Leaders of a Roman Catholic women's peace campaign in Londonderry planned new efforts on Thursday (25 May) to end the bloodshed in Northern Ireland.
Leaders of a Roman Catholic women's peace campaign in Londonderry planned new efforts on Thursday (25 May) to end the bloodshed in Northern Ireland. The women leaders from the Catholic Bogside and Creggan estates, met the local commander of the Official wing of the outlawed Irish Republican Army (I.R.A.) to brief him on their talks of Wednesday (24 May) with Mr. William Whitelaw, Britain's Minister for Northern Ireland.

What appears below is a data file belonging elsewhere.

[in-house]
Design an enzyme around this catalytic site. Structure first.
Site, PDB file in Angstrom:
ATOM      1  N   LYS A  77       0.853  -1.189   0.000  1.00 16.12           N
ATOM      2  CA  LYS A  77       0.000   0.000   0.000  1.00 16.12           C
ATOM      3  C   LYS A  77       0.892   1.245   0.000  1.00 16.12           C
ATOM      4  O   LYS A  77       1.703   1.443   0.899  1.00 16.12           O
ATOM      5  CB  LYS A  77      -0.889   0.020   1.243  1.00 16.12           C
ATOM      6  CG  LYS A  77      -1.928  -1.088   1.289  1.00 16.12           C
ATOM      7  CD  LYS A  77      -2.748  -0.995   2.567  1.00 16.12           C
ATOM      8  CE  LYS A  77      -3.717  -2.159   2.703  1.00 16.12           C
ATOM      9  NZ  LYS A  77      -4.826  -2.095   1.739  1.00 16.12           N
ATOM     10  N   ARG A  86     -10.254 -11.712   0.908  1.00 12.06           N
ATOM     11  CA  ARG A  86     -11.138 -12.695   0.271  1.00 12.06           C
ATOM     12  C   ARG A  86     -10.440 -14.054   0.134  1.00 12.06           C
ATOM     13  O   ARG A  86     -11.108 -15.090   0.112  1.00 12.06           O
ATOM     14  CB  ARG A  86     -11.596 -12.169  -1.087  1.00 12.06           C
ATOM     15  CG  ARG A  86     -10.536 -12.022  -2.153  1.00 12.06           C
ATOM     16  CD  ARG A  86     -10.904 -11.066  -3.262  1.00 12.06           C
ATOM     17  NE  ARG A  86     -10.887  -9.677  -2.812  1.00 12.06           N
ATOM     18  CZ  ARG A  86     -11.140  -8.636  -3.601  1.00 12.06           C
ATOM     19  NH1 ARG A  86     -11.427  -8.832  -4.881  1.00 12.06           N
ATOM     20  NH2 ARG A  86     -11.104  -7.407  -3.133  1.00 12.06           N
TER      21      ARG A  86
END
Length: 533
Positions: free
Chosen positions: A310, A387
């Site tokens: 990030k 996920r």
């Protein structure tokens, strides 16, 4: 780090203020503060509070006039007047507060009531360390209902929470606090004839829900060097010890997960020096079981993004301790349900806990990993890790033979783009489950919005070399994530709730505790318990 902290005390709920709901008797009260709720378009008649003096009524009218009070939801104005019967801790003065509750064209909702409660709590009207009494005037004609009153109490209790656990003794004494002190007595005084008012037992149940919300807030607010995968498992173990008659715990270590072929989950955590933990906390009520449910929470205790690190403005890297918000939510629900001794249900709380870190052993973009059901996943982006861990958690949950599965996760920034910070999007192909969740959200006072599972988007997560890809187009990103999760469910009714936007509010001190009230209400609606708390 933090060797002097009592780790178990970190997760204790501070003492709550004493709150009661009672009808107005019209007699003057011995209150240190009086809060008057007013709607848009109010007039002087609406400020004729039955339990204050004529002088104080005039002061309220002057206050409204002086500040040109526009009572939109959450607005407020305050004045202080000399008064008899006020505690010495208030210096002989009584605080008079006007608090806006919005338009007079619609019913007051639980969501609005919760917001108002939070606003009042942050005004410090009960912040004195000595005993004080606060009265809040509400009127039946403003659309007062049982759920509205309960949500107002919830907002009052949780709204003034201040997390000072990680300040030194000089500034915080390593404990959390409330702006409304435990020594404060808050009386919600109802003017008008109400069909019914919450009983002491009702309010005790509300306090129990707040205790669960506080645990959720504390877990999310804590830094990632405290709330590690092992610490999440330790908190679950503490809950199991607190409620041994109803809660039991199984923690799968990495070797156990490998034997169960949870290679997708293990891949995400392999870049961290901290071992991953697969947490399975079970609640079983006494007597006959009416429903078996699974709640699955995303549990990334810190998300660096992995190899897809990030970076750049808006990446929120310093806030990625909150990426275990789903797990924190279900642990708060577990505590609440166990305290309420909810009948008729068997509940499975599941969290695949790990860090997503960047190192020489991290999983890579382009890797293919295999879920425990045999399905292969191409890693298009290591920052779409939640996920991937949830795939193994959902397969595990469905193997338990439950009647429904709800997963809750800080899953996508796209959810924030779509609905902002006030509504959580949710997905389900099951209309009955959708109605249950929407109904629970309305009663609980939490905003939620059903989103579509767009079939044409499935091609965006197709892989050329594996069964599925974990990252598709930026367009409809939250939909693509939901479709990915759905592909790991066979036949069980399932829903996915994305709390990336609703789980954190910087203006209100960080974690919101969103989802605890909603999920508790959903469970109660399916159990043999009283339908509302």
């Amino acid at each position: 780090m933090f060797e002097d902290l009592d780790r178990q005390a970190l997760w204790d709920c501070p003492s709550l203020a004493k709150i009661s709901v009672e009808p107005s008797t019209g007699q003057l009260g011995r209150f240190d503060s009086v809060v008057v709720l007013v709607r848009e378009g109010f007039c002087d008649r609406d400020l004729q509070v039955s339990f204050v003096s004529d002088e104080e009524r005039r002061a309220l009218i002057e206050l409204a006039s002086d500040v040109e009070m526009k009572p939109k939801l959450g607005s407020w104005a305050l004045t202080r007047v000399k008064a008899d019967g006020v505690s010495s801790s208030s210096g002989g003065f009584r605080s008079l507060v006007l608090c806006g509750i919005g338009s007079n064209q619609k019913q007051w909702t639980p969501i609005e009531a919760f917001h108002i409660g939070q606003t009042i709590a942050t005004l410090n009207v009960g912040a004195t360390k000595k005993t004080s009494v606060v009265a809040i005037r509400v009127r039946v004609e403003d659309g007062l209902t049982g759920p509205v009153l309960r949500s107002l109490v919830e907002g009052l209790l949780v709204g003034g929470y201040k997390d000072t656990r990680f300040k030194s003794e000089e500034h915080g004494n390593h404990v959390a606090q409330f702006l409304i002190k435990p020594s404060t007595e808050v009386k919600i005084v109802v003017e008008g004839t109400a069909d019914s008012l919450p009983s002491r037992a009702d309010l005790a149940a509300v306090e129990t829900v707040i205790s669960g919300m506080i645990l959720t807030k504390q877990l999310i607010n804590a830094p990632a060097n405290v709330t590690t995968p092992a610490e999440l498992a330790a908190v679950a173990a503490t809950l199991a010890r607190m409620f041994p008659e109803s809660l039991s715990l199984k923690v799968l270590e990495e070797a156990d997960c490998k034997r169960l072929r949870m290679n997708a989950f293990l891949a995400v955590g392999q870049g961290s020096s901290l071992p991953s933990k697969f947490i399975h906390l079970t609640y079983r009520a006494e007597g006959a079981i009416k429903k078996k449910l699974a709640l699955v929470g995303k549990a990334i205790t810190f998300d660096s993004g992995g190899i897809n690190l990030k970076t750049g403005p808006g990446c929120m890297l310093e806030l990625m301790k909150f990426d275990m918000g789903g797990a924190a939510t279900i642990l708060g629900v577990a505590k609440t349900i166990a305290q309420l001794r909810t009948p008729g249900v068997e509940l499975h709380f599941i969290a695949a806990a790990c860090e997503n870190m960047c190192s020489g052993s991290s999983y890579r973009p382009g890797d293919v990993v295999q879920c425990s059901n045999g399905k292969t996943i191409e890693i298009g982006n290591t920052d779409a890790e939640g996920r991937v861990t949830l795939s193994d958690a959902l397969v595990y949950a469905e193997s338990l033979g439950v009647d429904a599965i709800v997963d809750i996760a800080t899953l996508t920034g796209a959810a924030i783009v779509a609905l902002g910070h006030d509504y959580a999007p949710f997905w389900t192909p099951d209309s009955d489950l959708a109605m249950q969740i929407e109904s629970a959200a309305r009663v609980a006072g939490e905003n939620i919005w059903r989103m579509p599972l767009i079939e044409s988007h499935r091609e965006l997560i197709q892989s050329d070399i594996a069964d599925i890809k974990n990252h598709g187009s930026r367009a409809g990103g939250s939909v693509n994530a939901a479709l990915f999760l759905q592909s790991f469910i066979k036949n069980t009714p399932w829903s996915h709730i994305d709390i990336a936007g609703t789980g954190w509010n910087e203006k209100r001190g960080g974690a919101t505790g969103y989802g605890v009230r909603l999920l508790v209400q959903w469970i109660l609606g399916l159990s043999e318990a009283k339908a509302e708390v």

The meeting with the Official I.R.A. leader, Mr. Johnny White, took place on a day which was one of the quietest since direct rule from Britain was imposed nine weeks ago. The army's operations were low-key, and little more than static operations, such as checkpoints, were mounted. Mr. White reportedly gave the order too kill William Best, the Roman Catholic British soldier whose murder last weekend brought the peace movement into the open.
Mr. Martin McGuiness, the Londonderry commander of the Provisional wing of the I.R.A., said that while he would listen to the women when they met him, the Provisional I.R.A. wouldn't stop fighting until its demands were met.
Beth wings of the I.R.A. have already rejected the peace overture and it appeared unlikely that the women would succeed in persuading the underground army to call off its assaults on British forces.